Two things differentiate Vyjuvek from other gene therapies that have been approved: it is topical and it can be redosed. Where other gene therapies may require visits to surgical centers for one-time procedures, Vyjuvek is a gel that can be applied and re-applied directly to a patient’s wounds. The gel uses inactive viral cells to deliver healthy versions of the COL7A1 gene to the skin, restoring type VII collagen. This improves healing and prevents blistering. In clinical trials, all wounds treated with Vyjuvek healed satisfactorily for at least three months. While the exact pricing is unknown, it’s expected to cost between $100,000-$300,000 per year, in line with the current cost of managing the disease.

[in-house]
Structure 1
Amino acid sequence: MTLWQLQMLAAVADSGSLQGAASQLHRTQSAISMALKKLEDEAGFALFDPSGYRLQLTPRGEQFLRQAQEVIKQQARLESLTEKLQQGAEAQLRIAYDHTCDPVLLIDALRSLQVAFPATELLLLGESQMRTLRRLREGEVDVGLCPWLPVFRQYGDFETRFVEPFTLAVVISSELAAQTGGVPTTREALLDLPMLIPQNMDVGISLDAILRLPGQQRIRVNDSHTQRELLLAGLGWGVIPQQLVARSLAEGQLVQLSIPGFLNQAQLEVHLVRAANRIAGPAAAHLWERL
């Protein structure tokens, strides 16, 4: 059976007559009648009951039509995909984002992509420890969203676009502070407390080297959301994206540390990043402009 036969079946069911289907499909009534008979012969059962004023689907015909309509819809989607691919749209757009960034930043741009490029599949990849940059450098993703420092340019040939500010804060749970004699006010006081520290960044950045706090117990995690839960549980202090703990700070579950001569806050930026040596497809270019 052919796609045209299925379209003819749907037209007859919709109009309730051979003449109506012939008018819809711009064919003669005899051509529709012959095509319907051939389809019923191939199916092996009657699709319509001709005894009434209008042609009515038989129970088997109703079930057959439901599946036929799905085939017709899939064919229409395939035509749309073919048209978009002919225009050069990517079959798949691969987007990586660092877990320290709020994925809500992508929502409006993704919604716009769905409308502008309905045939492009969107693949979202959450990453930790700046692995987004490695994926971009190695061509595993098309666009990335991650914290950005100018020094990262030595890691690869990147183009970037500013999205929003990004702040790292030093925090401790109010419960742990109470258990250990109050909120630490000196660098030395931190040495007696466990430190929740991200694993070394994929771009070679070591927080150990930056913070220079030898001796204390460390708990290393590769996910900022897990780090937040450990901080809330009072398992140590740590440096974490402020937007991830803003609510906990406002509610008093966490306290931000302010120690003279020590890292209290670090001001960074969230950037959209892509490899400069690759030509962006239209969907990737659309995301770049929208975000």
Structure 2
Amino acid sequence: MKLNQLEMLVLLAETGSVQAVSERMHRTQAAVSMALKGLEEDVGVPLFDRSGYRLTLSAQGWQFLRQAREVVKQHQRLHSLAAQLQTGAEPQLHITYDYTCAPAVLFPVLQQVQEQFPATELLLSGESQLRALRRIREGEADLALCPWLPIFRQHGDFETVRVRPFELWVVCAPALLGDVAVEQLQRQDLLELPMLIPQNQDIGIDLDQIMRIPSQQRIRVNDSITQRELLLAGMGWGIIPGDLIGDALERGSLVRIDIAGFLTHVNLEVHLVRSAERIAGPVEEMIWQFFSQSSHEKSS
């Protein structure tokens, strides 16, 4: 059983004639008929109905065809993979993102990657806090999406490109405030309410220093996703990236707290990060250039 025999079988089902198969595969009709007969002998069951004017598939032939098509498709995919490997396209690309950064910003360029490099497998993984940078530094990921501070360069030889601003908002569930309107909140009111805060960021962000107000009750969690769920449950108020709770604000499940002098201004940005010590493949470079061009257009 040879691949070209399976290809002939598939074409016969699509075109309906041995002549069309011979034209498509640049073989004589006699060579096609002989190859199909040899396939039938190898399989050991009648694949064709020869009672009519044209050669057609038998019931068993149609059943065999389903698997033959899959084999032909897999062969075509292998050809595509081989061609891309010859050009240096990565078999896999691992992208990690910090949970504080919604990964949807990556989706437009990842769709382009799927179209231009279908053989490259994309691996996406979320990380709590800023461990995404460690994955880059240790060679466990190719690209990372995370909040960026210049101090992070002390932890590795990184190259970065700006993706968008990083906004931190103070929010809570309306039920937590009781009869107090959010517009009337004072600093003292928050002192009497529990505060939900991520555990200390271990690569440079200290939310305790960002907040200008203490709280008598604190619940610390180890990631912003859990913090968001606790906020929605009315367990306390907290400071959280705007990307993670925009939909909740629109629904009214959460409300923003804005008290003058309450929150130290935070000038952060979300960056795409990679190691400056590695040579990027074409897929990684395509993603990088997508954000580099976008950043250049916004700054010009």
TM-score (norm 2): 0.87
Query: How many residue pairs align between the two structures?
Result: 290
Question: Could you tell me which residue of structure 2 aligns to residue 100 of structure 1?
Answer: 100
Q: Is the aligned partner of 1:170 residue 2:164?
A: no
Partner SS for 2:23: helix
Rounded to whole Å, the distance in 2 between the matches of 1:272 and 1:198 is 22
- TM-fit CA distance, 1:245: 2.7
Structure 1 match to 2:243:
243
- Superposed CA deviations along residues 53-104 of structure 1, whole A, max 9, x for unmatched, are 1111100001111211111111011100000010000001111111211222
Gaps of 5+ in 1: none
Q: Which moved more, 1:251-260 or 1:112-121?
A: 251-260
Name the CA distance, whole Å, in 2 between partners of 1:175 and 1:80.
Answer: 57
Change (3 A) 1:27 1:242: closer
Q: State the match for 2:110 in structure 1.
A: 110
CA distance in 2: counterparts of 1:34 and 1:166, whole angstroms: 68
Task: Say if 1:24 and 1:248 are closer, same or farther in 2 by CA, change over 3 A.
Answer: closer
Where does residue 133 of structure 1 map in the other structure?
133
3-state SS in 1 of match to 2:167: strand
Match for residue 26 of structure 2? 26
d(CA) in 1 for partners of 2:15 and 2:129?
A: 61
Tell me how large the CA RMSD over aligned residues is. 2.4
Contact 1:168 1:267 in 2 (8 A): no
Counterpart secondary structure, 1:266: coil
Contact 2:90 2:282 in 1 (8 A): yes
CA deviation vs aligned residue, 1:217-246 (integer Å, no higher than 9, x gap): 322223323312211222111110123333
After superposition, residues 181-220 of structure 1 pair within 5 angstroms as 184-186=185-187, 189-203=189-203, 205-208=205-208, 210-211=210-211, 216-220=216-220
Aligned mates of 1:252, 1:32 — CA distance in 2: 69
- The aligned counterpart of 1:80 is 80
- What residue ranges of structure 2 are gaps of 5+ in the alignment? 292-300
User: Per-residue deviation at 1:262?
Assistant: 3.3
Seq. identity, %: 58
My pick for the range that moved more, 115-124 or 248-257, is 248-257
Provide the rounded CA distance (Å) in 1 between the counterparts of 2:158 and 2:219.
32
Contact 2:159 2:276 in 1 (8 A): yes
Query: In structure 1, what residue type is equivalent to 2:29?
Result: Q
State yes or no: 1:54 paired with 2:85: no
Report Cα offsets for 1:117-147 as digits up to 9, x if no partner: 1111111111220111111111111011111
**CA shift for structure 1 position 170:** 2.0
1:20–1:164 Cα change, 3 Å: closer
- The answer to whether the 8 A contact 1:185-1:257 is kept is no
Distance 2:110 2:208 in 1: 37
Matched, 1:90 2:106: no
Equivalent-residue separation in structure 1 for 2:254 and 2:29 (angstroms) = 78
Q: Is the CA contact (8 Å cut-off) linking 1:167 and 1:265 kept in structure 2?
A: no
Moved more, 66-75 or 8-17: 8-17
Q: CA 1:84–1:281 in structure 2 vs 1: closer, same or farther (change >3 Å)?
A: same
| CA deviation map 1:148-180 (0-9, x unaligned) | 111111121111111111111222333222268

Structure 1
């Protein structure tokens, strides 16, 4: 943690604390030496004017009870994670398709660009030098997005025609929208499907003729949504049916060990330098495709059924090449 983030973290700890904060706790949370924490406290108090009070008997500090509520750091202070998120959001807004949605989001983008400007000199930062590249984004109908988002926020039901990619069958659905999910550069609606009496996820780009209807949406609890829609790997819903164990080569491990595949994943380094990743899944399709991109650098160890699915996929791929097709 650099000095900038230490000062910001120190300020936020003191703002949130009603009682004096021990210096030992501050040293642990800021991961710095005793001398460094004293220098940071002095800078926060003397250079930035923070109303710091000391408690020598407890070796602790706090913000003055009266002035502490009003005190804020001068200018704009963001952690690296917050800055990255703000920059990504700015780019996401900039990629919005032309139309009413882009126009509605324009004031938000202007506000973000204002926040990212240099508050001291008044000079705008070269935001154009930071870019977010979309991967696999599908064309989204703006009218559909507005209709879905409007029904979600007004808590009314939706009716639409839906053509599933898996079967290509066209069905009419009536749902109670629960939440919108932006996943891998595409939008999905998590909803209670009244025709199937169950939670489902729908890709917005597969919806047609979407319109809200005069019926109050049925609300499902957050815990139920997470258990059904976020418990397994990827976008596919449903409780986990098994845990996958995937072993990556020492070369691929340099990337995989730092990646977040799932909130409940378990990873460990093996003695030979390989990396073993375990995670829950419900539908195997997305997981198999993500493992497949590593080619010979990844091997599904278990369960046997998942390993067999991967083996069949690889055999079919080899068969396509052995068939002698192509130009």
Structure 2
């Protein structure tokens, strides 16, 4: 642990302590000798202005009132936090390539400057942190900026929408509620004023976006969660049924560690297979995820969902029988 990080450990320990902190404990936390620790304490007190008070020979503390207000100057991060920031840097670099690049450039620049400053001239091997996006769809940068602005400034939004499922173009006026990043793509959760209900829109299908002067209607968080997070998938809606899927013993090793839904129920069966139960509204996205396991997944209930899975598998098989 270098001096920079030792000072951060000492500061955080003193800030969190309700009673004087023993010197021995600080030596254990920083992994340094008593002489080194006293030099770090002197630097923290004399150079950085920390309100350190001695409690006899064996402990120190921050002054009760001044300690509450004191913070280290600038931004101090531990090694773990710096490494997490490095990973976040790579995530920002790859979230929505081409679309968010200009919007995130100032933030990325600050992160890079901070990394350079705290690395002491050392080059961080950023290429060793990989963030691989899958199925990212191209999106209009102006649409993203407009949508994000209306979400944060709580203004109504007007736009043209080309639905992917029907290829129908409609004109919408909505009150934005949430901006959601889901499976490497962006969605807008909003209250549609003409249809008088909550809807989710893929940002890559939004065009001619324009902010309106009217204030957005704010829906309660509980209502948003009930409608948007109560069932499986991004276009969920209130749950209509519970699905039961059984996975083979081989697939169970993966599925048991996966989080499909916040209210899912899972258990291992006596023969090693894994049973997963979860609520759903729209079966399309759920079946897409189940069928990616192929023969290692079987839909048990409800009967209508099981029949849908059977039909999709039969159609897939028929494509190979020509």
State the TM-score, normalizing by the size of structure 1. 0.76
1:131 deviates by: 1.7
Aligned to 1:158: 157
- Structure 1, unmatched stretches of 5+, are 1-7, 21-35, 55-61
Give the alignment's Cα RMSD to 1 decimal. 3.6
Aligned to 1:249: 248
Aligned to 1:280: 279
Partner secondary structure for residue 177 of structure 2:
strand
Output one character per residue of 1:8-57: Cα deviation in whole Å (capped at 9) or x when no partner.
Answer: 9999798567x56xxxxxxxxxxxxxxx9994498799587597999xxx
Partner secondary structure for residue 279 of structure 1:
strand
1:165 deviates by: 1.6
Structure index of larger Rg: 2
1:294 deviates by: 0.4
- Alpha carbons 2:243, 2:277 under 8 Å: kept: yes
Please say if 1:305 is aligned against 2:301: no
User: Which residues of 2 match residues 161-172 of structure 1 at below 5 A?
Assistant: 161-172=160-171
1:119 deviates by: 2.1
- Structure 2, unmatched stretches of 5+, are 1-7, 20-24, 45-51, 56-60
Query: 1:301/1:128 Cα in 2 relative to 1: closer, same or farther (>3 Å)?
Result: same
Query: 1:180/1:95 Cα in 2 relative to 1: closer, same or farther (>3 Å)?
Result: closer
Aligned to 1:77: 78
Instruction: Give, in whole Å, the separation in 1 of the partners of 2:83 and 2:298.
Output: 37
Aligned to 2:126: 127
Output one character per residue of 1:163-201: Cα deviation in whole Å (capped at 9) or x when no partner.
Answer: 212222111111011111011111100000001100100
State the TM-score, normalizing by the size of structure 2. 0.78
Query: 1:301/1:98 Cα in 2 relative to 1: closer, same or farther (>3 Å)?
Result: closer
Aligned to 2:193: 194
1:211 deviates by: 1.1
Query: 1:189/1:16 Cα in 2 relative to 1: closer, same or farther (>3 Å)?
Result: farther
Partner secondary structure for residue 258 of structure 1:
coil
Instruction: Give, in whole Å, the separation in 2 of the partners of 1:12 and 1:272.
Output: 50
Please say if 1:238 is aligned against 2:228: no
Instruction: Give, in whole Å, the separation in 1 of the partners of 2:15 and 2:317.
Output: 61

Treatments for sickle cell disease and beta thalassemia: Exa-Cel
Exa-cel is a gene therapy for treatment of sickle cell disease (SCD) and transfusion-dependent beta thalassemia (TDT) expected to be approved in 2023.
Approximately 100,000 Americans have SCD, and 1 in 365 African American children are born with SCD. Currently, the only cure is a bone marrow transplant or stem cell replacement. SCD is an inherited disease affecting hemoglobin, a protein that carries oxygen in red blood cells. Malformed hemoglobin changes the overall shape of a patient’s red blood cells. These sickled cells cause pain, can burst easily and may stick to vessel walls, leading to problems like anemia, infection or stroke.